LOUDONVILLE -- On April 15, 1912 (the same day the RMS Titanic sank), Loudonville hosted famed orator -- and former three-time Democratic nominee for President -- William Jennings Bryan.
Bryan had spoken in Loudonville twice before, but always from his train car as it passed through the area. This time, however, he would stand on the stage of the newly built Opera House (now The Ohio Theatre) and address the citizens of Loudonville.
Loudonville certainly intended to impress Bryan, who arrived at the rail depot at 2:45 p.m. and was greeted by Mayor Andrews, commissioner O.W. Crone, E.U. Shafer, and newspaper editor John P. Bowman. The welcoming committee and a news corps comprised of 15 reporters whisked Bryan into a motorcade of three automobiles (likely three of only a handful in town) driven by Arthur Losh, George W. Spreng, and C.A. Arnholt.
The motorcade promptly drove the two blocks south on Water Street and deposited the esteemed speaker at the door of the theatre.
The crowd was overwhelming -- a full house with throngs of hopeful listeners spilling into the streets and swarming every possible door or window for a hope to hear the famed speaker. The Loudonville Democrat described the turnout as, "MAMMOTH ... Greatest political meeting in many years held to hear the Great Commoner."
John P. Bowman had the good fortune of introducing Bryan to the crowd, but wasted no time in handing the floor over to the orator who, apparently, only had one topic on his agenda to discuss.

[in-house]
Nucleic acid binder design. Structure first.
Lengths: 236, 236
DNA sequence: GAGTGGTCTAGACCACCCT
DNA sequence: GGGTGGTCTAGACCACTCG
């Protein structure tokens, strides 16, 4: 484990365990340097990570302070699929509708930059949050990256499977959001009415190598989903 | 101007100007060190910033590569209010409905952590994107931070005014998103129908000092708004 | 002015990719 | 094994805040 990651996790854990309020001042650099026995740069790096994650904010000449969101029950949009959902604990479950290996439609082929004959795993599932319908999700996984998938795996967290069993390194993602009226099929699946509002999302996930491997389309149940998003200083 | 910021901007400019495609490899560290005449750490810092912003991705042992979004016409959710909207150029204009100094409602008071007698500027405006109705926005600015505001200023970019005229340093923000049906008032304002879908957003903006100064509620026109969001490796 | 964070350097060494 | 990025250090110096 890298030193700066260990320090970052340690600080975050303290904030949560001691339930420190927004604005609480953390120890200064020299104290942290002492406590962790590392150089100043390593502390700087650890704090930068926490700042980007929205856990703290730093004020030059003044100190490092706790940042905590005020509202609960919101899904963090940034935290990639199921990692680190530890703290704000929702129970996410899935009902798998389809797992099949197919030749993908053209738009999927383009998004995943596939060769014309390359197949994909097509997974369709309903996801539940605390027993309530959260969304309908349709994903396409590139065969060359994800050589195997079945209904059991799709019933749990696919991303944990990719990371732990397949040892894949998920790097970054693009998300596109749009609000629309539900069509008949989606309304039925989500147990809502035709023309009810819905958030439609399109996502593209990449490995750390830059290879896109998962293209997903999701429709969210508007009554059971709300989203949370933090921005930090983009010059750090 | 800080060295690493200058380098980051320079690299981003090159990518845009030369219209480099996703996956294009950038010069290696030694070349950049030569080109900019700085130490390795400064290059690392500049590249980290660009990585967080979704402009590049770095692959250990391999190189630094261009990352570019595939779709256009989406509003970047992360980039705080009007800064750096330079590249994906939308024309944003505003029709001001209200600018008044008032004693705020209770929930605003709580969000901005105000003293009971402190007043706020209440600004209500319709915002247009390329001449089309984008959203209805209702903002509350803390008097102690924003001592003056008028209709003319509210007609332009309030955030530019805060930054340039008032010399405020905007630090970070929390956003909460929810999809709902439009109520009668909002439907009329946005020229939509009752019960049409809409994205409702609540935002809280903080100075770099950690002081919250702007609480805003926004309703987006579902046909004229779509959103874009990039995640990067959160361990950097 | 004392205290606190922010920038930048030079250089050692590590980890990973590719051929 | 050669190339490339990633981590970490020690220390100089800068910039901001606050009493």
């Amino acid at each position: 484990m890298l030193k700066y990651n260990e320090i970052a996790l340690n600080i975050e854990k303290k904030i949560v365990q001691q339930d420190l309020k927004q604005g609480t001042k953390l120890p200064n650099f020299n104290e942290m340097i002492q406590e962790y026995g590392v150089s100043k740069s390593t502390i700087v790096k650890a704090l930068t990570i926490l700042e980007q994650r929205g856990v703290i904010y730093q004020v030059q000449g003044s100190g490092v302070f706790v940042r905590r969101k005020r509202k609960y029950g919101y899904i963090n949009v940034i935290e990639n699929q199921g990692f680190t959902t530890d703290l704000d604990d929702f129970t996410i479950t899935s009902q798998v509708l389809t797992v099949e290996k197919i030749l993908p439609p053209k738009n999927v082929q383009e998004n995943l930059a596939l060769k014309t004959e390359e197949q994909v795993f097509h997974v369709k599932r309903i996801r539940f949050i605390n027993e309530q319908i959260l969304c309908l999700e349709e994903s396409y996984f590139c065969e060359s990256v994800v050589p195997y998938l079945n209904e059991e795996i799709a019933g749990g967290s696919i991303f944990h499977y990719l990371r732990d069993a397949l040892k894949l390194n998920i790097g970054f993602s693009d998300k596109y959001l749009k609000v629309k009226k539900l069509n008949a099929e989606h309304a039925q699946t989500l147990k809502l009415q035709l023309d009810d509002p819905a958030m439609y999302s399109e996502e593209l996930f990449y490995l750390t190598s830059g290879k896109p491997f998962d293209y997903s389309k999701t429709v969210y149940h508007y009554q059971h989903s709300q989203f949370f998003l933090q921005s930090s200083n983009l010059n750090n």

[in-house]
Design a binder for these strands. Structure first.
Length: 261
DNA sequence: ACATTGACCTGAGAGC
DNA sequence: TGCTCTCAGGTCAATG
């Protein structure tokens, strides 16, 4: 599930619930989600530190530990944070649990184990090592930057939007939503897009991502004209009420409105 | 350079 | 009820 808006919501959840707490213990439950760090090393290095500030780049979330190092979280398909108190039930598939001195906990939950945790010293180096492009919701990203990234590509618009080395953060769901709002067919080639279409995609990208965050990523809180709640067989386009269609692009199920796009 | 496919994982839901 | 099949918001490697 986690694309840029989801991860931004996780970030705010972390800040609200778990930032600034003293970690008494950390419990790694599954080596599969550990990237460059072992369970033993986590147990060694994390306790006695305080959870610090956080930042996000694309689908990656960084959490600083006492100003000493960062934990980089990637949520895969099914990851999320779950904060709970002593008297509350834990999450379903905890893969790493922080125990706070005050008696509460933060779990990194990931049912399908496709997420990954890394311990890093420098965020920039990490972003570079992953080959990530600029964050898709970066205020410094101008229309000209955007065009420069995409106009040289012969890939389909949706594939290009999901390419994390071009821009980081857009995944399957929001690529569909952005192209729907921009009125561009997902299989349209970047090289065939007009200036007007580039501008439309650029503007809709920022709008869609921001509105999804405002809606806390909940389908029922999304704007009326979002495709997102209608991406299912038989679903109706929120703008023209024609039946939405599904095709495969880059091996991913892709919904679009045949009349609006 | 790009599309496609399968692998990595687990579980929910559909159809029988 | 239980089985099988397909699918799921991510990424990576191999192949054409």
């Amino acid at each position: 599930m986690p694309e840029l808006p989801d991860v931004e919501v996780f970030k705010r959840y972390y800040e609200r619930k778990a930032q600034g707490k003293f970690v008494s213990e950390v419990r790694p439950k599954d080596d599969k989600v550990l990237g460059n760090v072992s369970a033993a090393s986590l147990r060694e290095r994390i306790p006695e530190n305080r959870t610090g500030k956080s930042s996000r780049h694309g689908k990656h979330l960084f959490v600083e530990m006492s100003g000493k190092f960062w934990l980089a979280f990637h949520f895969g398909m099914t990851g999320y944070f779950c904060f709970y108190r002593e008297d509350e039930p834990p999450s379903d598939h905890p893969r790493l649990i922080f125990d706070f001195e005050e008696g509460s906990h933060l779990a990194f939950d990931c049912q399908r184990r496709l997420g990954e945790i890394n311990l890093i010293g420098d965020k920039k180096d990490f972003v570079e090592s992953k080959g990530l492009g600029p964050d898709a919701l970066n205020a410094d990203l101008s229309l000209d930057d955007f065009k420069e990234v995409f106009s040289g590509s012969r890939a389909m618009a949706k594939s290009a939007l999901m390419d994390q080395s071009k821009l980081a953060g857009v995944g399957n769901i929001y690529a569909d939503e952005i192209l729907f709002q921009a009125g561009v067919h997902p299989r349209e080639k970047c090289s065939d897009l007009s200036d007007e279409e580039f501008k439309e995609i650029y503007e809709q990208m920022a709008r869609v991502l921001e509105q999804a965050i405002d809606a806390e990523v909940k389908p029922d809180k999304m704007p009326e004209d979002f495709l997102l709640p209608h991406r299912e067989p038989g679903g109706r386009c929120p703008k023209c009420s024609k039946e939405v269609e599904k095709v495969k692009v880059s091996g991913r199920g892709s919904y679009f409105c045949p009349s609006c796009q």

"Mr. Bryan plunged immediately into his subject and said that 'If there is anybody in doubt as to whether or not Mr. Harmon is a progressive candidate, I think I can enlighten him."
The Mr. Harmon that Bryan endlessly ridiculed in his speech was none other than Ohio's popular Governor Judson Harmon, who Bryan blamed for his failed presidential bid of 1896 (Bryan was defeated by Ohio's William McKinley).
In the end, Woodrow Wilson defeated Governor Harmon's bid for the 1912 nomination, and Bryan became Wilson's Secretary of State. Despite his political esteem, Bryan would later become best known for his prosecution of the Scopes Monkey Trial of 1925, where he argued for a complete ban on the teaching of evolution.
More information on the Cleo Redd Fisher Museum can be found at this link.